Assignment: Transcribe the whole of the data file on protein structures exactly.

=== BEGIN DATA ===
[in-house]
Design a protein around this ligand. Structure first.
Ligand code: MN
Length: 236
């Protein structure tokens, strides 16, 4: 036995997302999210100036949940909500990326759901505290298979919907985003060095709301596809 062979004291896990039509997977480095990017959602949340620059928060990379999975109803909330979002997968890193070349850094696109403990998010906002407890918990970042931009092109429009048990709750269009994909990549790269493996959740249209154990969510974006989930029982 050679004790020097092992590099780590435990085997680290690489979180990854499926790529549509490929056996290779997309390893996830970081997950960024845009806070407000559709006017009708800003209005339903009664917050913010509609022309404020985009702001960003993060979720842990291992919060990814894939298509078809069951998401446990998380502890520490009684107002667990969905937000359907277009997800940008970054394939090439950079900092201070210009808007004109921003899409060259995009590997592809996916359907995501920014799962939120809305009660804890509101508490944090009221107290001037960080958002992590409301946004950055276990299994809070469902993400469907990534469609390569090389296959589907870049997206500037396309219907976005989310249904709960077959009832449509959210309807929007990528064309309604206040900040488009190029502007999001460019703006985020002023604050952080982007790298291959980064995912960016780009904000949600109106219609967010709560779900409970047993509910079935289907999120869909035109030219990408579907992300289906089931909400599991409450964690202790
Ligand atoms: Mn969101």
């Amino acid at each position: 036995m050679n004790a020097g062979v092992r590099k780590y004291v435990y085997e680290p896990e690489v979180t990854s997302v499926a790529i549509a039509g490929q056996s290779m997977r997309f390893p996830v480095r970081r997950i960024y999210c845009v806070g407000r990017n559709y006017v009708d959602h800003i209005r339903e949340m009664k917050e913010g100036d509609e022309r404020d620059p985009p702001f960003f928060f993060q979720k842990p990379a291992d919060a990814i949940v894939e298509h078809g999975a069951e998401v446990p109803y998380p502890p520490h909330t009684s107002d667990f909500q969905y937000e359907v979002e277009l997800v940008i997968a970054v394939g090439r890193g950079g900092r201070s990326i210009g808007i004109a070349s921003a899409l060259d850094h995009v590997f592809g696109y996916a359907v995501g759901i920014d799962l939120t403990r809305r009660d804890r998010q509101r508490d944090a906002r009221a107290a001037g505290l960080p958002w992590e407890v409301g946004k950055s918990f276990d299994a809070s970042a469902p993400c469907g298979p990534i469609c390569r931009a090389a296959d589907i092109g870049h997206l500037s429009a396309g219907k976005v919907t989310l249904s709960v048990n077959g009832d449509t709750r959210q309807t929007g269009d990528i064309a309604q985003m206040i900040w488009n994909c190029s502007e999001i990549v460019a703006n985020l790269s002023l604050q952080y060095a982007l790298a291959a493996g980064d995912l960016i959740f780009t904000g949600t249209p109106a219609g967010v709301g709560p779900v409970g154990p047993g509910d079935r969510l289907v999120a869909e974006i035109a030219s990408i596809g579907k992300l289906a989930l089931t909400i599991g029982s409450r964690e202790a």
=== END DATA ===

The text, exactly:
[in-house]
Design a protein around this ligand. Structure first.
Ligand code: MN
Length: 236
């Protein structure tokens, strides 16, 4: 036995997302999210100036949940909500990326759901505290298979919907985003060095709301596809 062979004291896990039509997977480095990017959602949340620059928060990379999975109803909330979002997968890193070349850094696109403990998010906002407890918990970042931009092109429009048990709750269009994909990549790269493996959740249209154990969510974006989930029982 050679004790020097092992590099780590435990085997680290690489979180990854499926790529549509490929056996290779997309390893996830970081997950960024845009806070407000559709006017009708800003209005339903009664917050913010509609022309404020985009702001960003993060979720842990291992919060990814894939298509078809069951998401446990998380502890520490009684107002667990969905937000359907277009997800940008970054394939090439950079900092201070210009808007004109921003899409060259995009590997592809996916359907995501920014799962939120809305009660804890509101508490944090009221107290001037960080958002992590409301946004950055276990299994809070469902993400469907990534469609390569090389296959589907870049997206500037396309219907976005989310249904709960077959009832449509959210309807929007990528064309309604206040900040488009190029502007999001460019703006985020002023604050952080982007790298291959980064995912960016780009904000949600109106219609967010709560779900409970047993509910079935289907999120869909035109030219990408579907992300289906089931909400599991409450964690202790
Ligand atoms: Mn969101």
């Amino acid at each position: 036995m050679n004790a020097g062979v092992r590099k780590y004291v435990y085997e680290p896990e690489v979180t990854s997302v499926a790529i549509a039509g490929q056996s290779m997977r997309f390893p996830v480095r970081r997950i960024y999210c845009v806070g407000r990017n559709y006017v009708d959602h800003i209005r339903e949340m009664k917050e913010g100036d509609e022309r404020d620059p985009p702001f960003f928060f993060q979720k842990p990379a291992d919060a990814i949940v894939e298509h078809g999975a069951e998401v446990p109803y998380p502890p520490h909330t009684s107002d667990f909500q969905y937000e359907v979002e277009l997800v940008i997968a970054v394939g090439r890193g950079g900092r201070s990326i210009g808007i004109a070349s921003a899409l060259d850094h995009v590997f592809g696109y996916a359907v995501g759901i920014d799962l939120t403990r809305r009660d804890r998010q509101r508490d944090a906002r009221a107290a001037g505290l960080p958002w992590e407890v409301g946004k950055s918990f276990d299994a809070s970042a469902p993400c469907g298979p990534i469609c390569r931009a090389a296959d589907i092109g870049h997206l500037s429009a396309g219907k976005v919907t989310l249904s709960v048990n077959g009832d449509t709750r959210q309807t929007g269009d990528i064309a309604q985003m206040i900040w488009n994909c190029s502007e999001i990549v460019a703006n985020l790269s002023l604050q952080y060095a982007l790298a291959a493996g980064d995912l960016i959740f780009t904000g949600t249209p109106a219609g967010v709301g709560p779900v409970g154990p047993g509910d079935r969510l289907v999120a869909e974006i035109a030219s990408i596809g579907k992300l289906a989930l089931t909400i599991g029982s409450r964690e202790a």